frequency be implemented. Hydro accepted their recommendation and revised the
major overhaul schedule to the extended frequency. The OEM for Units 1 and 2,
General Electric, did not formally document their opinion but verbally indicated that they
did not endorse the 6 year overhaul frequency. The AMEC Condition Assessment and
Life Extension study completed in 2011 agreed with the 2003 TOOP (HSB) report to
extend the major overhaul schedule for the turbine to the nine year frequency but
recommended that overhauls on the generator revert back to the six year interval.

3.9

Availability of Replacement Parts

The availability of replacement parts from the original T/G manufacturers (General Electric
and Hitachi) has not been an issue to date. There has not been any correspondence from
either of these OEMs that parts will not be available into the foreseeable future. GE as well
as the other large generator manufacturers can provide replacement parts designed
specifically for the Holyrood units and can provide reverse engineering and delivery times
suitable to meet major overhaul schedules.

3.10

Safety Performance

Unit 1 turbine operates at very high steam flows which combined with high pressures
and temperatures contribute to the wear and tear of internal components. The
combined T/G

weight is approximately 60 tons, it is 80 feet in length, and rotates at 3600 rpm requiring
specific speed governing and tripping mechanisms to eliminate any possibility of overspeed. The generator itself operates at high voltages and uses hydrogen gas as a
coolant both requiring special containment mechanisms to prevent exposure to
personnel and the environment. Maintenance of these systems is vital to ensure the
units safety performance and as such forms part of the major overhaul criteria. There
are, however, no specific safety performance regulations or codes requiring
compliance.

3.11

Environmental Performance

Environmental performance details are not factors to be considered for this capital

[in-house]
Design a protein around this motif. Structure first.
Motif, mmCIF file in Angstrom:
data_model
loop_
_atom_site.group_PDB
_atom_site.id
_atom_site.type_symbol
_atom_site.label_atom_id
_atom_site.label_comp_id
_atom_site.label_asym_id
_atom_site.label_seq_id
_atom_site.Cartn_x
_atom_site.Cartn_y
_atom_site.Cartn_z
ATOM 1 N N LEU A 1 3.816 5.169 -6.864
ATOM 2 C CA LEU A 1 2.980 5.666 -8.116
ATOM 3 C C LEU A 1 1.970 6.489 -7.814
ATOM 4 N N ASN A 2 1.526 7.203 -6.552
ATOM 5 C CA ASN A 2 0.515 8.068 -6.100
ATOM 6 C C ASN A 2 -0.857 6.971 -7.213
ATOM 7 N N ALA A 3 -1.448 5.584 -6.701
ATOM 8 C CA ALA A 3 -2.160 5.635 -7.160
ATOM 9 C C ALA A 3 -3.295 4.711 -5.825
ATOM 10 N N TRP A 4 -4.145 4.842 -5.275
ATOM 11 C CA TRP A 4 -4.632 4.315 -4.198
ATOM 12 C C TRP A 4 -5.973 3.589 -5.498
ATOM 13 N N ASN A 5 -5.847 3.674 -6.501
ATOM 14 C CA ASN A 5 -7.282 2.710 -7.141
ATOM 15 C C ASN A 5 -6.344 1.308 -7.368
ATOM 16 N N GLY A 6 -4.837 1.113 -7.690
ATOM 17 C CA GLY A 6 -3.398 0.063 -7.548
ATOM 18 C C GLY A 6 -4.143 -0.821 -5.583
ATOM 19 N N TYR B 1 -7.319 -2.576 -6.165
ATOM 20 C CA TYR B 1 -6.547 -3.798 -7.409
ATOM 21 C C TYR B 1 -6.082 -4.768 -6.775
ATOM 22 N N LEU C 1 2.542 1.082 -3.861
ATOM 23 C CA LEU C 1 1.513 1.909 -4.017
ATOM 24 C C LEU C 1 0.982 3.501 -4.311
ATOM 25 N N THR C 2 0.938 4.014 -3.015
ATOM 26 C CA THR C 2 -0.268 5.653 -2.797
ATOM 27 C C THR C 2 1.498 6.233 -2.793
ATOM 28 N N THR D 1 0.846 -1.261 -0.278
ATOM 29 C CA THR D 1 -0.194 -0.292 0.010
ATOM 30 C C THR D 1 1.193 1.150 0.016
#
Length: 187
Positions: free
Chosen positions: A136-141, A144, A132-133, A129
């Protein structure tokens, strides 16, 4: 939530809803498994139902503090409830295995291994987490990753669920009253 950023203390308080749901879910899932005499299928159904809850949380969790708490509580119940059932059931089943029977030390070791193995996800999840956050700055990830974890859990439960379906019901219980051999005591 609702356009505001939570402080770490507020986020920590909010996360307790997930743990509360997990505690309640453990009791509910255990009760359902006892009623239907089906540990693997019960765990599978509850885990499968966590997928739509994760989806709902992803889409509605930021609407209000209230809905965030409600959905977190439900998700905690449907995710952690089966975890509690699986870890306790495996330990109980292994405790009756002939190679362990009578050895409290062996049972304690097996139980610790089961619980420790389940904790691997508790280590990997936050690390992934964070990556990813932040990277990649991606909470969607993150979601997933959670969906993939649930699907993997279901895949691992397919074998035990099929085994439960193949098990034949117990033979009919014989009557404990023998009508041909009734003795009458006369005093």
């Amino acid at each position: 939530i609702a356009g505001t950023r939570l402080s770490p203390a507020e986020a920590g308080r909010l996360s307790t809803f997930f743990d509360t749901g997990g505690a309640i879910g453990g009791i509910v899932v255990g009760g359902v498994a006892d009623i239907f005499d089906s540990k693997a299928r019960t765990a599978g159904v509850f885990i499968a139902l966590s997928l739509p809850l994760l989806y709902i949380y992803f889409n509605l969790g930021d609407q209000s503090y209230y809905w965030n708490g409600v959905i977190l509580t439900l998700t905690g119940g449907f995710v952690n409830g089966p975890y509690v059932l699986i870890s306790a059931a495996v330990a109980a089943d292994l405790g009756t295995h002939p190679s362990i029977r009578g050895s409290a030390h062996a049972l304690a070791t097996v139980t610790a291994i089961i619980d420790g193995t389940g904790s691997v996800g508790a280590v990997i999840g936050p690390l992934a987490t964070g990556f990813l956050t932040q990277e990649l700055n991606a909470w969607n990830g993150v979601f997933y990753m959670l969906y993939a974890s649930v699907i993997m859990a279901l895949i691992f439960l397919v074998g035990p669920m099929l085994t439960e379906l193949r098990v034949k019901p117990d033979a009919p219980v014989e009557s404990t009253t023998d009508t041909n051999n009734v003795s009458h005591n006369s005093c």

budget proposal. There are no specific environmental regulations or codes requiring
compliance.

3.12

Operating Regime

Unit 1 is designed for continuous operation with varying loads but is typically operated
as a seasonally base-loaded unit (November to March) to meet island system
requirements. All three generating units at Holyrood provide about 33% of the Island
Interconnected System load during the crucial winter peak period. Maintenance outages
are taken during the summer months when its capacity is not required. Unit 1 has been
operating in this mode, within design capability, since it was commissioned in 1969.

The anticipated operational schedule for Unit 1 during the period 2011 to 2041 is shown
in the following table:

Table 4: Holyrood Generating Station Anticipated Mode of Operation 2011 through


2041
2011 through 2013 - Generation:
Capacity factor between 30% and 75%; Availability of 90% to 95%.
2014 through 2016 - Generation:
Capacity factor between 50% and 100%; Availability of 95%.
2017 through 2019 - Generation Standby:
Capacity factor less then 10%; Availability of 90% to 95%.
2020 Onward - Synchronous Condenser Mode:
Synchronous Condenser Operation Capacity factor (MVAR only) 50% to 100%.
Availability of 95%.

Unit 1 turbine generator will continue as a generating unit with an increased operating
regime until sometime after 2016. It is planned to retrofit the unit in 2017-2018 so it can
also operate as a synchronous condenser for system VAR support.

JUSTIFICATION